Institutional investors have long incorporated alternative investments in their portfolios to diversify their holdings and enhance their investment returns. Yet over the past year, these investors—particularly those managing defined benefit (DB) pension funds—are seeking to capture tactical opportunities and increasingly turning to alternative investments as a means to do so.
According to Investopedia, an alternative investment is a financial asset that does not fall into one of the conventional investment categories of stocks, bonds and cash. As that leaves the field wide open, we asked institutional investors about their use of and intent to increase or decrease holdings in several specific categories:
Private equity is the most ubiquitous in the institutional market, as 80% of institutions invest in the category (72% of pensions and 86% of non-profits). Real estate is a close second, with 74% of institutions (82% of pensions and 69% of non-profits) invested in the category. Two-thirds (67%) of institutional investors incorporate real assets/commodities in their portfolios, and six in ten (60%) invest in other alternatives.
Interestingly, 34% of pension funds and 23% of non-profits invest in digital assets/cryptocurrencies. In fact, 38% of corporate DB plans and 35% of endowments already incorporate digital assets/cryptocurrencies into their portfolios.
To provide insight into the areas of most demand for future mandates, we asked institutional investors to forecast if and how their use of alternative asset classes will change over the next three years. Private equity is poised for the most growth, as a net 24% of institutional investors project an increase in their use of the category (36% forecast an increase while 12% anticipate a decrease). Yet it’s important to note that non-profits are clearly driving demand in this category, as 35% of them report an anticipated net increase in private equity use over the next three years compared with 10% of DB pensions.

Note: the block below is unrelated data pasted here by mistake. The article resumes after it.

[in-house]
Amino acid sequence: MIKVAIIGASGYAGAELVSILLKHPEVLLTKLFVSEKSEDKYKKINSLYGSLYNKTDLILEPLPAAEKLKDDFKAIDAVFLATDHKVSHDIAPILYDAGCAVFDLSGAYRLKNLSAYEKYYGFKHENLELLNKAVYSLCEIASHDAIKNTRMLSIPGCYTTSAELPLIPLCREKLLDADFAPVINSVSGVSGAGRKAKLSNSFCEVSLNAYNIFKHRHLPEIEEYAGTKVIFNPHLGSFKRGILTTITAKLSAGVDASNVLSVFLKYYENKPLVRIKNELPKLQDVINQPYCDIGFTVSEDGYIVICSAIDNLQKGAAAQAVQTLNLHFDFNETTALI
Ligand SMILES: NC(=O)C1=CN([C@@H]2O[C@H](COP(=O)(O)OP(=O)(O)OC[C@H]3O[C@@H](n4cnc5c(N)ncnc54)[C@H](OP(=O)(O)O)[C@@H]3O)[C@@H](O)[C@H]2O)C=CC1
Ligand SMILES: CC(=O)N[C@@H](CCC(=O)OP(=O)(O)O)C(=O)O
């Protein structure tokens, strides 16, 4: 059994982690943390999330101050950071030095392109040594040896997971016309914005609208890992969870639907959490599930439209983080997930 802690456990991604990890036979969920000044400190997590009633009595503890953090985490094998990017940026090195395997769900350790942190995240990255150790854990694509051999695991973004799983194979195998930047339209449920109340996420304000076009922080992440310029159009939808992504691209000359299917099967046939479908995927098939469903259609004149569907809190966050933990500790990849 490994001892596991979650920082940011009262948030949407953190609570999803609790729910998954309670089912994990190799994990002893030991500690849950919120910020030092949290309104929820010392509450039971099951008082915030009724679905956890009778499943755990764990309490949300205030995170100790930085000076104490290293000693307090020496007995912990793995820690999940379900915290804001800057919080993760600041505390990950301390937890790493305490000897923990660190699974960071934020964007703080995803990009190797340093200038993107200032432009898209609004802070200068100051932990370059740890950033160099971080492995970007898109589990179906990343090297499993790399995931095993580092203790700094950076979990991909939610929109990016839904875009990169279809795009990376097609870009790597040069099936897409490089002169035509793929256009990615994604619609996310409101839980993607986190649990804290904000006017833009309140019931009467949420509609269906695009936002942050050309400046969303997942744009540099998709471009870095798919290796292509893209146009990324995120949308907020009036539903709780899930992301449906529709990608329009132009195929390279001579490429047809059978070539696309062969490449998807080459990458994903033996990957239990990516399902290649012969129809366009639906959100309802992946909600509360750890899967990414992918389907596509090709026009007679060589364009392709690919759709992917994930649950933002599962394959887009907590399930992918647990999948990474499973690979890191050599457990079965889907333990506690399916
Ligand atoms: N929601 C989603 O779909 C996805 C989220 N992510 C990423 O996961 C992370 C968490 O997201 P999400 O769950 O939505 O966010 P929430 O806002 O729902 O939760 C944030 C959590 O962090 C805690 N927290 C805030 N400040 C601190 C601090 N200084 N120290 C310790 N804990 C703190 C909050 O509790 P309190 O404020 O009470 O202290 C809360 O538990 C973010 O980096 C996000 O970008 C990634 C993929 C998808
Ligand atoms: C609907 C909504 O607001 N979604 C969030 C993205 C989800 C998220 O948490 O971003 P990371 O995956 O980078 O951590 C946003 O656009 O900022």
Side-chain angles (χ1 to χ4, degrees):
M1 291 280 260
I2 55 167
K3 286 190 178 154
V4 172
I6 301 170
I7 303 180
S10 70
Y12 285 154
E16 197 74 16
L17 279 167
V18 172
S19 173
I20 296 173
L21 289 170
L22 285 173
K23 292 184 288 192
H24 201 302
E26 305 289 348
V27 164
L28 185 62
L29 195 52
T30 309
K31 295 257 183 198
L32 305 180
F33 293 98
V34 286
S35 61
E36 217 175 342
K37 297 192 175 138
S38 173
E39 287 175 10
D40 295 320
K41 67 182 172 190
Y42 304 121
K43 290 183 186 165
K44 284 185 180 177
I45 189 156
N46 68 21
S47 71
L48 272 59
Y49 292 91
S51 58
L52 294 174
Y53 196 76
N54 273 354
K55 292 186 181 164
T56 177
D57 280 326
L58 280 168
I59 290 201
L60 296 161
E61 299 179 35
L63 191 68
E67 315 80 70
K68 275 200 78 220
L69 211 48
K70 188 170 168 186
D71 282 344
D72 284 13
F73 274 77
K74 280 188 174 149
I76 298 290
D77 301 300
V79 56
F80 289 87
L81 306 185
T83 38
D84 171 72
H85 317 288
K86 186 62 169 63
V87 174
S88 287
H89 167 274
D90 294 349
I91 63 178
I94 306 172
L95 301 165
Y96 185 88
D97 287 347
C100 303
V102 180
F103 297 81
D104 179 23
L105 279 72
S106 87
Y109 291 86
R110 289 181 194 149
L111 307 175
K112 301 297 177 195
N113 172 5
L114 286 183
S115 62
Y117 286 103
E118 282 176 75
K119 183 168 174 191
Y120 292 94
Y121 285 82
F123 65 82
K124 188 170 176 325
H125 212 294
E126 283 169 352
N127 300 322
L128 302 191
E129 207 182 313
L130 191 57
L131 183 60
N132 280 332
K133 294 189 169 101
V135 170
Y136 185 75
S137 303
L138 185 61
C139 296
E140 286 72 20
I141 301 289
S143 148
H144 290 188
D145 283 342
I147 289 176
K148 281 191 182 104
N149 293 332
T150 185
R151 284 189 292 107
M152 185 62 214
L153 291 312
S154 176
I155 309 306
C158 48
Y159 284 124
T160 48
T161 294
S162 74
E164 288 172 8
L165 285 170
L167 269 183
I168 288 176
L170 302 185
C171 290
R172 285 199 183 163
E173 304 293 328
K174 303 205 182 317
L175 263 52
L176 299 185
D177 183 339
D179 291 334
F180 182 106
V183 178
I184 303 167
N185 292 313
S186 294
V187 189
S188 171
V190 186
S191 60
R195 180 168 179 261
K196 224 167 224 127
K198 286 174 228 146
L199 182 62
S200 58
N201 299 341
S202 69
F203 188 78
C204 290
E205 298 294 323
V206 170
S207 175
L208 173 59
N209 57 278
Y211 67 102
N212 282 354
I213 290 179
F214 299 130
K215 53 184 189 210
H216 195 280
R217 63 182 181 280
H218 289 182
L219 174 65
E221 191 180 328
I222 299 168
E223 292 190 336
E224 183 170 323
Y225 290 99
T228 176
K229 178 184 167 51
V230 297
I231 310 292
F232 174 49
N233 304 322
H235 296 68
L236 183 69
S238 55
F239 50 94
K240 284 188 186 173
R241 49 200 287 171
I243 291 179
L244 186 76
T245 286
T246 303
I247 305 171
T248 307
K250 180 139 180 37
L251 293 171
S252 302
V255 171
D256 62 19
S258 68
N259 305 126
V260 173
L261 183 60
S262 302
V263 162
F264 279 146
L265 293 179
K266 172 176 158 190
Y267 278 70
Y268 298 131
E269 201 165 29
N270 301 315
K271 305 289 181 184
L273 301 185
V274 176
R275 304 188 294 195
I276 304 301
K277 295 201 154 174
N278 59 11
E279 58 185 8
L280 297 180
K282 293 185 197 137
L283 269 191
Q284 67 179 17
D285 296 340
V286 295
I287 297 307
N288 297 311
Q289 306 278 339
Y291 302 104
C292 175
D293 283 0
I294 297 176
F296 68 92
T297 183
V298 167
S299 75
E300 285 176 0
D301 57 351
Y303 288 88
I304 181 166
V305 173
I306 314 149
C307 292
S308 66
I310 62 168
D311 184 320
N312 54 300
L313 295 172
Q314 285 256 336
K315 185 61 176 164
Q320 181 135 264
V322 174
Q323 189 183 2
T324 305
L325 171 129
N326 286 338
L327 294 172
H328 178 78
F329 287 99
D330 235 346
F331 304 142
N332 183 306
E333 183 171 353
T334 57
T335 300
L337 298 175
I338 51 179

The “other alternatives” category is also an area of interest, with a net 15% of institutional investors anticipating an increase in allocation to the category. Moreover, this demand is nearly equal between pensions (15%) and non-profits (14%).
The same cannot be said, however, for real estate and real assets/commodities. Institutional investors project a significant decrease in their use of these asset classes compared with previous years. Meanwhile, investors project a slight increase in their use of digital assets/crypto-currencies, suggesting that this category needs a little more time to prove its value.
For deeper insight into the “other alternatives” category, we asked institutional investors planning to increase allocations to alternatives to specify which strategies they are focusing on. Multi-asset strategies, which offer the opportunity to increase diversification and reduce risk, is the most-cited alternative strategy for both pensions and non-profits, in-line with the demand we’ve heard from financial advisors. Pensions report a higher interest in risk-managed equities and managed futures compared with non-profits. Meanwhile, long-short equities and managed neutral strategies are more intriguing to non-profits than to pensions.
To optimize their messaging, asset managers offering alternative investments need to demonstrate an understanding of the outcomes institutional investors are hoping to achieve with these strategies. In addition, it’s critical for asset managers to position their offerings to the appropriate and most receptive audiences.
Firms specializing in real estate, real assets or commodities don’t need to completely throw in the towel. Instead, they should weather the temporary drop in demand by strengthening their conviction and providing real-life examples of how these strategies can and will add value to institutional portfolios.
Finally, all institutional asset managers would be wise to keep an eye on the growing popularity of cryptocurrencies, as the category could be the next industry disruptor.